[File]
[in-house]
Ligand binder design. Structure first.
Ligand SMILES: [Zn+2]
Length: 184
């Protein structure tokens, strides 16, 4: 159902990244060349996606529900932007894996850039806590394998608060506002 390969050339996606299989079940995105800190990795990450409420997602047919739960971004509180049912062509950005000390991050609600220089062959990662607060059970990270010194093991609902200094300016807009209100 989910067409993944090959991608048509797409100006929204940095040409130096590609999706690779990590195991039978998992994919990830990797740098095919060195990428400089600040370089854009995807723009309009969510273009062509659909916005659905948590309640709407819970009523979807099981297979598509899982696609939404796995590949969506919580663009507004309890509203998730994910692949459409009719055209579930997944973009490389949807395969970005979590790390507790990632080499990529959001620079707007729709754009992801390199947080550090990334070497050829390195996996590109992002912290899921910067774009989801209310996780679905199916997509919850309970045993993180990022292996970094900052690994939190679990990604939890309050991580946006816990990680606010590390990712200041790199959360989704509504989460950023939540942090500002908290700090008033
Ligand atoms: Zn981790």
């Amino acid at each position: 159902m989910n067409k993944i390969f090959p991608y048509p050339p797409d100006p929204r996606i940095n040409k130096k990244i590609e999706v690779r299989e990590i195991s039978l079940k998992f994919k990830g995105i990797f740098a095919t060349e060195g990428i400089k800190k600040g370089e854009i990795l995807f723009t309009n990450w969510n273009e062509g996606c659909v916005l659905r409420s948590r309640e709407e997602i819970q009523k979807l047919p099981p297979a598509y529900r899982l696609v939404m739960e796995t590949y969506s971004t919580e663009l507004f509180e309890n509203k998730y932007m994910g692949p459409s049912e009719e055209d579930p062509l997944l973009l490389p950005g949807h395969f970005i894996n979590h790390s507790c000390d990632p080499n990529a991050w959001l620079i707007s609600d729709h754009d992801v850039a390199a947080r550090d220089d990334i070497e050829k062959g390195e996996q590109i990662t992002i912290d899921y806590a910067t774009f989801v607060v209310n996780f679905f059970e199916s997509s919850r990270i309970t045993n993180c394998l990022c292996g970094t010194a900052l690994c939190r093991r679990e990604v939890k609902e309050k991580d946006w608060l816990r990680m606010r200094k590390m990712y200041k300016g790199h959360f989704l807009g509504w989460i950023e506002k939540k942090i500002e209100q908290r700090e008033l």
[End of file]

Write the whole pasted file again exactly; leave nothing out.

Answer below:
[in-house]
Ligand binder design. Structure first.
Ligand SMILES: [Zn+2]
Length: 184
């Protein structure tokens, strides 16, 4: 159902990244060349996606529900932007894996850039806590394998608060506002 390969050339996606299989079940995105800190990795990450409420997602047919739960971004509180049912062509950005000390991050609600220089062959990662607060059970990270010194093991609902200094300016807009209100 989910067409993944090959991608048509797409100006929204940095040409130096590609999706690779990590195991039978998992994919990830990797740098095919060195990428400089600040370089854009995807723009309009969510273009062509659909916005659905948590309640709407819970009523979807099981297979598509899982696609939404796995590949969506919580663009507004309890509203998730994910692949459409009719055209579930997944973009490389949807395969970005979590790390507790990632080499990529959001620079707007729709754009992801390199947080550090990334070497050829390195996996590109992002912290899921910067774009989801209310996780679905199916997509919850309970045993993180990022292996970094900052690994939190679990990604939890309050991580946006816990990680606010590390990712200041790199959360989704509504989460950023939540942090500002908290700090008033
Ligand atoms: Zn981790």
């Amino acid at each position: 159902m989910n067409k993944i390969f090959p991608y048509p050339p797409d100006p929204r996606i940095n040409k130096k990244i590609e999706v690779r299989e990590i195991s039978l079940k998992f994919k990830g995105i990797f740098a095919t060349e060195g990428i400089k800190k600040g370089e854009i990795l995807f723009t309009n990450w969510n273009e062509g996606c659909v916005l659905r409420s948590r309640e709407e997602i819970q009523k979807l047919p099981p297979a598509y529900r899982l696609v939404m739960e796995t590949y969506s971004t919580e663009l507004f509180e309890n509203k998730y932007m994910g692949p459409s049912e009719e055209d579930p062509l997944l973009l490389p950005g949807h395969f970005i894996n979590h790390s507790c000390d990632p080499n990529a991050w959001l620079i707007s609600d729709h754009d992801v850039a390199a947080r550090d220089d990334i070497e050829k062959g390195e996996q590109i990662t992002i912290d899921y806590a910067t774009f989801v607060v209310n996780f679905f059970e199916s997509s919850r990270i309970t045993n993180c394998l990022c292996g970094t010194a900052l690994c939190r093991r679990e990604v939890k609902e309050k991580d946006w608060l816990r990680m606010r200094k590390m990712y200041k300016g790199h959360f989704l807009g509504w989460i950023e506002k939540k942090i500002e209100q908290r700090e008033l």